Long the domain of Native Americans who followed elk, deer and other game to this area in the warmer months and who harvested trout from its cool streams, the region saw its first European settlers in the early 1800s. Crested Butte flourished for a time as a mining town, declining in the early to mid-20th century. It began a new era in 1961 with the opening of its first ski runs. Twenty-five years later, it started hosting the Wildflower Festival, and the town is now known as the Wildflower Capital of Colorado.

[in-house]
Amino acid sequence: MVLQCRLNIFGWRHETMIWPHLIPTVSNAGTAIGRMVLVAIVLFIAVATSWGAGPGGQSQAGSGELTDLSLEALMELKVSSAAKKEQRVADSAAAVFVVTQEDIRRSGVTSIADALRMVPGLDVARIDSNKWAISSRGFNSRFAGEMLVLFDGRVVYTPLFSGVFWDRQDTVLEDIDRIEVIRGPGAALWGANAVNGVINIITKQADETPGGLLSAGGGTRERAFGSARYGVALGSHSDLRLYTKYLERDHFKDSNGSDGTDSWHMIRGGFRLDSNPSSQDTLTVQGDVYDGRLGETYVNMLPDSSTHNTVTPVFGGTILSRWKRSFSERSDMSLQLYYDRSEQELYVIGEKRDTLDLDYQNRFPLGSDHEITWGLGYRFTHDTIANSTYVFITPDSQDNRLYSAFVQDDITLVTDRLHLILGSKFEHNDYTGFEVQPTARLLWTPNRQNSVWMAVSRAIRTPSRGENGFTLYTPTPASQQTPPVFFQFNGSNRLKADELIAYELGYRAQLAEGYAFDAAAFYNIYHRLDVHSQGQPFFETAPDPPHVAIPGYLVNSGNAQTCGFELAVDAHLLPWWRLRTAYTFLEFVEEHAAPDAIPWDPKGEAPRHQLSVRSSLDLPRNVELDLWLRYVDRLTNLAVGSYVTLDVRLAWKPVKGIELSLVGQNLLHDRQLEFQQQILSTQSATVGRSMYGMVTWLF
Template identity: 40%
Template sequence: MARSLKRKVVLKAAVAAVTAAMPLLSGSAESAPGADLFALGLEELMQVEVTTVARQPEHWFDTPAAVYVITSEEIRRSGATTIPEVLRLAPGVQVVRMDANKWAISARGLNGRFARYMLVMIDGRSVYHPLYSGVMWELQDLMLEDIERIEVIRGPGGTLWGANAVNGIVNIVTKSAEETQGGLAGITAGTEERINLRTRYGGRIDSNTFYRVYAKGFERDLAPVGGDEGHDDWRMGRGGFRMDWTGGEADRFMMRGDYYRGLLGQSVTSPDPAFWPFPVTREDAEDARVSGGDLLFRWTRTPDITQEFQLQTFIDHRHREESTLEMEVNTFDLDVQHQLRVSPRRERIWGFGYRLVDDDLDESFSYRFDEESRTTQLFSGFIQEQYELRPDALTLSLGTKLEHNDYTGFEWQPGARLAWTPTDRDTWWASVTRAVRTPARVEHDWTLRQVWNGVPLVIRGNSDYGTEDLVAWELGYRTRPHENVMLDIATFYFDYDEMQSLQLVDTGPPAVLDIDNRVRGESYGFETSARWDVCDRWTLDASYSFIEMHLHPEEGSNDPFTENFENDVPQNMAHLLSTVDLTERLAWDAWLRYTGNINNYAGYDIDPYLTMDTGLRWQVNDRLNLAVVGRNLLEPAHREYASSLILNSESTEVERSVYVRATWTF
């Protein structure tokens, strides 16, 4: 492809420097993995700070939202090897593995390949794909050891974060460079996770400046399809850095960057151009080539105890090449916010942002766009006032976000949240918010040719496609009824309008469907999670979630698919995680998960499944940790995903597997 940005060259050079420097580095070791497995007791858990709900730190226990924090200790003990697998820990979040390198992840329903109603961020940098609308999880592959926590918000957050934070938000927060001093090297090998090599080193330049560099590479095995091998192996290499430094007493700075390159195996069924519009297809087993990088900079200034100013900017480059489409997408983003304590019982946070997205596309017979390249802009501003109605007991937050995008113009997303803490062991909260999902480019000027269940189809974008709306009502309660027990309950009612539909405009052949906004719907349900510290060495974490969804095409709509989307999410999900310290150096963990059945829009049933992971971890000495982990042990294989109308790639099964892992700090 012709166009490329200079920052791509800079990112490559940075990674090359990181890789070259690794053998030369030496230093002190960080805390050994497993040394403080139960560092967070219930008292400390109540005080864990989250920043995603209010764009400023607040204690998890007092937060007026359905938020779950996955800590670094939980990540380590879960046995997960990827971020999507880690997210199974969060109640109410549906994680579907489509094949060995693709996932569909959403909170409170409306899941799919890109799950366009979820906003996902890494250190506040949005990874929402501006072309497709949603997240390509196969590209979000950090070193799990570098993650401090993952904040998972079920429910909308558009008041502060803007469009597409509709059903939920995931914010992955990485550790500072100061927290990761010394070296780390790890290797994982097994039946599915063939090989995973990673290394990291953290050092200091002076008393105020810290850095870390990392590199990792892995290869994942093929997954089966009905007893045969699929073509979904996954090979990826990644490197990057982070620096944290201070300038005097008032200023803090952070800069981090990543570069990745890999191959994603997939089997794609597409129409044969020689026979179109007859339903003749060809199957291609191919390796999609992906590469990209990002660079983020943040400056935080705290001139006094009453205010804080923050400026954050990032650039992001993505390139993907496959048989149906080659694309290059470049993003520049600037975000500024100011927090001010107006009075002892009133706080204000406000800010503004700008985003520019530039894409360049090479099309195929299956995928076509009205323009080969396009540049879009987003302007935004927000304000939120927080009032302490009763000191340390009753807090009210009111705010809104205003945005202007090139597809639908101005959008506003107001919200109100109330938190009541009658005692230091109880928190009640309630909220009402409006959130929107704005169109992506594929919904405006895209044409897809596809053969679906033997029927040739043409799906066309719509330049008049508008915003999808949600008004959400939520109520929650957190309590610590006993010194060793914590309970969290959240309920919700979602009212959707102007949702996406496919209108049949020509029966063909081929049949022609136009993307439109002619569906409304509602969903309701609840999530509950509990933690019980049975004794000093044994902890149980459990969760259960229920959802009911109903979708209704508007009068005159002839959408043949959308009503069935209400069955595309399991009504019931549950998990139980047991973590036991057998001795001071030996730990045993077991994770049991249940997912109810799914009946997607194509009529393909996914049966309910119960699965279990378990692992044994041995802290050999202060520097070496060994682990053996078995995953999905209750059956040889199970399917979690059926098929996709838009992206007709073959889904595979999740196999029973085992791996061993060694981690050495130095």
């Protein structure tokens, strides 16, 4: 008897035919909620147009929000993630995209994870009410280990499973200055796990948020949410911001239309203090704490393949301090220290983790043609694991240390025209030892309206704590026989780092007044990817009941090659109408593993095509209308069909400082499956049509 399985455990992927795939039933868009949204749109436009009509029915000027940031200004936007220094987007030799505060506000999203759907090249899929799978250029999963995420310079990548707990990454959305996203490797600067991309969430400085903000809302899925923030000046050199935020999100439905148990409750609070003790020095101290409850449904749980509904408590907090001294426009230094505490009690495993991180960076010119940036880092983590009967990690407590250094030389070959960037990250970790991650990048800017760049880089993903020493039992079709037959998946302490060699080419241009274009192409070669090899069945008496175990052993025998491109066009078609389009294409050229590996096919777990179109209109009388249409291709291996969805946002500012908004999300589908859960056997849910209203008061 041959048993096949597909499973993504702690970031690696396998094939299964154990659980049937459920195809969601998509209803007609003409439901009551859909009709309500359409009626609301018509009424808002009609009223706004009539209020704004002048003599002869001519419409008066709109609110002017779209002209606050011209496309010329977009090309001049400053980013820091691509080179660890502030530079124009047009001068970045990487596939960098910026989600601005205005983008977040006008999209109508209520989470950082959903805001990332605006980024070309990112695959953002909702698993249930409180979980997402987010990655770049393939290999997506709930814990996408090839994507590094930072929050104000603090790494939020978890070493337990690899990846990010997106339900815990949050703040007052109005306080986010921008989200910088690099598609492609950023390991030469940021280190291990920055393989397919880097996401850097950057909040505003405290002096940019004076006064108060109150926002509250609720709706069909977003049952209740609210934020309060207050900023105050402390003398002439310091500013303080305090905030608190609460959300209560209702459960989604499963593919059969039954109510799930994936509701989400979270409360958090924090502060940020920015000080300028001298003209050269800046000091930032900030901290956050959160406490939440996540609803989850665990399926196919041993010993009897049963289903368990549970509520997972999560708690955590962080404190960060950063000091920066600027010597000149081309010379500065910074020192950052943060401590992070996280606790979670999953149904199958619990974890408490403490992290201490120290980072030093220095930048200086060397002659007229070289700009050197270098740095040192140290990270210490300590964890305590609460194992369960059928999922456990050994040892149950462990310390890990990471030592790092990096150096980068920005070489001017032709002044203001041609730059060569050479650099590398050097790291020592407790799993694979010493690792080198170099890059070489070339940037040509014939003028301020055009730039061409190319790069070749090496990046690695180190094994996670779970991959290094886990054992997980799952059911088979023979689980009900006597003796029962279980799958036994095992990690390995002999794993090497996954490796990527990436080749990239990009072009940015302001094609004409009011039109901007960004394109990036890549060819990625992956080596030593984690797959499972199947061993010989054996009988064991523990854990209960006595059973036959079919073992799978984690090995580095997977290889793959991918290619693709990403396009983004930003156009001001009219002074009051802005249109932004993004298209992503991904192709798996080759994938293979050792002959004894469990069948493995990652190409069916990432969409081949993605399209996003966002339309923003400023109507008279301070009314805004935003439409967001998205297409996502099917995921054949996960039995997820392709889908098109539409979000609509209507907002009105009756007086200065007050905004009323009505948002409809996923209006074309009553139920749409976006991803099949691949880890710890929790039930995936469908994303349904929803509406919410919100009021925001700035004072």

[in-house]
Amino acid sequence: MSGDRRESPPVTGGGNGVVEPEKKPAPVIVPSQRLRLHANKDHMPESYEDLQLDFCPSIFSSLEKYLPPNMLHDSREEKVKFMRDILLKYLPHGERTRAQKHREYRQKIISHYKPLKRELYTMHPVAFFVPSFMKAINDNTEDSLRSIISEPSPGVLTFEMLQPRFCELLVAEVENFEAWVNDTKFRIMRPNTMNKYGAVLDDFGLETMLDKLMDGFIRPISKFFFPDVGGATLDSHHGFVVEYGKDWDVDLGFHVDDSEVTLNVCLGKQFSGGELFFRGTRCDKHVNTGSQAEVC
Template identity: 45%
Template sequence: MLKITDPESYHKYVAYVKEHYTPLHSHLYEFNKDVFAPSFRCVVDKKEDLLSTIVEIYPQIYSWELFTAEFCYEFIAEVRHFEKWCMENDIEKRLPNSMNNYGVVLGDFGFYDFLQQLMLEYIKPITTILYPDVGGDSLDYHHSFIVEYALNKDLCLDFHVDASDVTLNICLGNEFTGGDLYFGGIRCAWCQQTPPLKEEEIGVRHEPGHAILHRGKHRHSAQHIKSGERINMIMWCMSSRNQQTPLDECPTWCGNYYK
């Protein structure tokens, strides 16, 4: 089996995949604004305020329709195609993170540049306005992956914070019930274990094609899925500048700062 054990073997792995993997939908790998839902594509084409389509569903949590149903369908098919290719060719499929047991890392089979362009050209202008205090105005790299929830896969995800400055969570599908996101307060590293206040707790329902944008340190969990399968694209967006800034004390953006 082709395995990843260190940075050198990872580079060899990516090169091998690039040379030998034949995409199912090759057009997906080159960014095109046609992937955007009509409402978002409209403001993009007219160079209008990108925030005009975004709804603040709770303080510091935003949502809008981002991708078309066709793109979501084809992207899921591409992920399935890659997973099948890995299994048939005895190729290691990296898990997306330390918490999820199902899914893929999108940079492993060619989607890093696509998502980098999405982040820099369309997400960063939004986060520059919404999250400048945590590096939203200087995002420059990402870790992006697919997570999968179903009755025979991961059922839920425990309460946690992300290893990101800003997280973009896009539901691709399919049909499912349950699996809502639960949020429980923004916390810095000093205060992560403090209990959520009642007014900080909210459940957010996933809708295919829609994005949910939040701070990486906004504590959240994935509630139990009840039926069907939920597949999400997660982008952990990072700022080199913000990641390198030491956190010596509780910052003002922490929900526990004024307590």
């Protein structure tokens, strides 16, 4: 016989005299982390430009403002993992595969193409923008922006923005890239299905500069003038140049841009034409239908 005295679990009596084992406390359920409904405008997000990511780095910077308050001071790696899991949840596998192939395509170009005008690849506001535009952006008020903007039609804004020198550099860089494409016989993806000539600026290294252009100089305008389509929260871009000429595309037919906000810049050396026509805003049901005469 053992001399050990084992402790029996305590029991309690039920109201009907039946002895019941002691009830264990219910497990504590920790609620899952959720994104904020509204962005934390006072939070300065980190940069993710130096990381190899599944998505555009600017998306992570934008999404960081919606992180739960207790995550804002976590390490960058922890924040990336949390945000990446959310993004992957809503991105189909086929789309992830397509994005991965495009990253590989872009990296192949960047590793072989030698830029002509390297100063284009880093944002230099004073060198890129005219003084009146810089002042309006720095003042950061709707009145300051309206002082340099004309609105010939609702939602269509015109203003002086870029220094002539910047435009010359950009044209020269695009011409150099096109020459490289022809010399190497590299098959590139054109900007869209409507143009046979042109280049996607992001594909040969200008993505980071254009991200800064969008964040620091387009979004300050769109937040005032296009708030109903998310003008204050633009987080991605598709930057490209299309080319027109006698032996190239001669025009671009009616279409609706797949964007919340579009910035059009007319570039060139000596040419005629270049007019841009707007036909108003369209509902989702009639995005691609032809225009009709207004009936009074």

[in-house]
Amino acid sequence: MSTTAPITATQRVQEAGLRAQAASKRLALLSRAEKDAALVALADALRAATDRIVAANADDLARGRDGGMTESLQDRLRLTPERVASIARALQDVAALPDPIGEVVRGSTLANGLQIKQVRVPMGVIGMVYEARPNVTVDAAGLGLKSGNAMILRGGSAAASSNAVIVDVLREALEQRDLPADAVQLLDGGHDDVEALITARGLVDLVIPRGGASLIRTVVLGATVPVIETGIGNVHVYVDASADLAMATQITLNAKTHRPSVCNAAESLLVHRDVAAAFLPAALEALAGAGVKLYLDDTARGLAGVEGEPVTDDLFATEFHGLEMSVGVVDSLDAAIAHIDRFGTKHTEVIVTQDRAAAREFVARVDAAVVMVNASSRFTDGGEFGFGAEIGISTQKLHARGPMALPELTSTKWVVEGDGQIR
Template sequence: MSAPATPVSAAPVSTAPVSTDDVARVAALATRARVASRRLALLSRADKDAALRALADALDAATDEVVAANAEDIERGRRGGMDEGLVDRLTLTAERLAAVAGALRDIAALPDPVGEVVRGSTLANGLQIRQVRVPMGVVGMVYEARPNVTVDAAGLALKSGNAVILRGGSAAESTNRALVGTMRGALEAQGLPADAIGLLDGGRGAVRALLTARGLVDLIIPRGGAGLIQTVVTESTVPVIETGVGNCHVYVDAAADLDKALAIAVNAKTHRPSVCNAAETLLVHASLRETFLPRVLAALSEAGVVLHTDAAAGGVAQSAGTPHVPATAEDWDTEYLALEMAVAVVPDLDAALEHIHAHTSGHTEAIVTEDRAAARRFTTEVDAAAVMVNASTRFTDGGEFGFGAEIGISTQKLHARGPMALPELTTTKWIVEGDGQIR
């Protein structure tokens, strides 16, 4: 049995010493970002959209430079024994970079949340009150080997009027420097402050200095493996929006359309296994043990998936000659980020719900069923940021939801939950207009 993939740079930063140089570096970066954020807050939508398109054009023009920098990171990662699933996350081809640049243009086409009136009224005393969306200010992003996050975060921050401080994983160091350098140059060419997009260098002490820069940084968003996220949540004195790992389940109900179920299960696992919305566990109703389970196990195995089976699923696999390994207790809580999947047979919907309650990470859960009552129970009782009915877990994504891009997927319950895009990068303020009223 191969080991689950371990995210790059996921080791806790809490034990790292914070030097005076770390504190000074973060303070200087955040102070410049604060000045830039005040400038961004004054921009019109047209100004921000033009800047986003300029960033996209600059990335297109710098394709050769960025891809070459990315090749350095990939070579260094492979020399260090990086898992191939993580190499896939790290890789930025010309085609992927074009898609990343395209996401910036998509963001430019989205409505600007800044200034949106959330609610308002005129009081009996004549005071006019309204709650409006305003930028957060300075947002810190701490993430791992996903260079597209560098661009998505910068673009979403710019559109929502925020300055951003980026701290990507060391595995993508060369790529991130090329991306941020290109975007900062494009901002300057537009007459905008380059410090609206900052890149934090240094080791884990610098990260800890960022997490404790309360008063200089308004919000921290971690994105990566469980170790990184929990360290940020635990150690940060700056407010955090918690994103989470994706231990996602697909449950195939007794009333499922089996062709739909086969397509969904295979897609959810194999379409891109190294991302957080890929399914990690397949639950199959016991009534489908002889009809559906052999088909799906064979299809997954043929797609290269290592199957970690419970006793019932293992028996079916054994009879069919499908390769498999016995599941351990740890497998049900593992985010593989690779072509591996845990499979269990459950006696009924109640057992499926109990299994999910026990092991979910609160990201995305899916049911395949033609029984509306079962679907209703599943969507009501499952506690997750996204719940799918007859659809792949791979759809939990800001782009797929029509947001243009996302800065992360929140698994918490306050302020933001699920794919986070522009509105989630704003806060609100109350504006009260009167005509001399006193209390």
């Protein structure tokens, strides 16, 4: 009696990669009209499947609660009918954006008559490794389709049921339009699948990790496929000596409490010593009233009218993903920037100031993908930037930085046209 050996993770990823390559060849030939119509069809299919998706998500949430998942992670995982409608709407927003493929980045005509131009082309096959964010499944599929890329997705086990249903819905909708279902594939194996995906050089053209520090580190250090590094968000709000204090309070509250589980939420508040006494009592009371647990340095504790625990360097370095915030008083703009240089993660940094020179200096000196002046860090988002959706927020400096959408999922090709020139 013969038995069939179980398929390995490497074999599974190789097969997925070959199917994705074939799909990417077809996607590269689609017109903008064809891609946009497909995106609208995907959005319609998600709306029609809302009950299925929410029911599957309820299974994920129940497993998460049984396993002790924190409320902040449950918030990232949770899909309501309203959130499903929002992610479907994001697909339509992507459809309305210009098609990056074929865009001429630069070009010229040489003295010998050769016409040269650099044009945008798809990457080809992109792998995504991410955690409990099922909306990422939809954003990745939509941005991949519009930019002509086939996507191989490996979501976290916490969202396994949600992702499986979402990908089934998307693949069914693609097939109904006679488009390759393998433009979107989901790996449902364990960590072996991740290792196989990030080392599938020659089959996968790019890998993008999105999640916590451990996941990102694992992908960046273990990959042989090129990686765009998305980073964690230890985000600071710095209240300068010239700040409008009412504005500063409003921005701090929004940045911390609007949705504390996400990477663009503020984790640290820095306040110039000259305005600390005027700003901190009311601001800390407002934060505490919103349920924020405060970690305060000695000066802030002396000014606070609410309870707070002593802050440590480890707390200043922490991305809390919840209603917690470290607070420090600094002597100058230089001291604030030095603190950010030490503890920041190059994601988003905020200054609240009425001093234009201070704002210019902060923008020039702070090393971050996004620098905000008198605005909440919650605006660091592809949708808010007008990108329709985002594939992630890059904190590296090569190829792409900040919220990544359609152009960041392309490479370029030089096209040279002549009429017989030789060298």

Crested Butte has only about 1,500 year-round residents and none of the flash and dash associated with places like Vail and Telluride . The main drag, Elk Avenue, is lined with modest “Old West Victorian” buildings. Most have wood façades that make the place feel like a movie set, because Crested Butte was not a rich town and never had the means or inclination to build the sorts of brick structures one finds in, say, Aspen, which is only 11 miles or so to the northeast as the crow flies. There are no brand-name retail outlets either, or stoplights, and everyone seems to own a dog.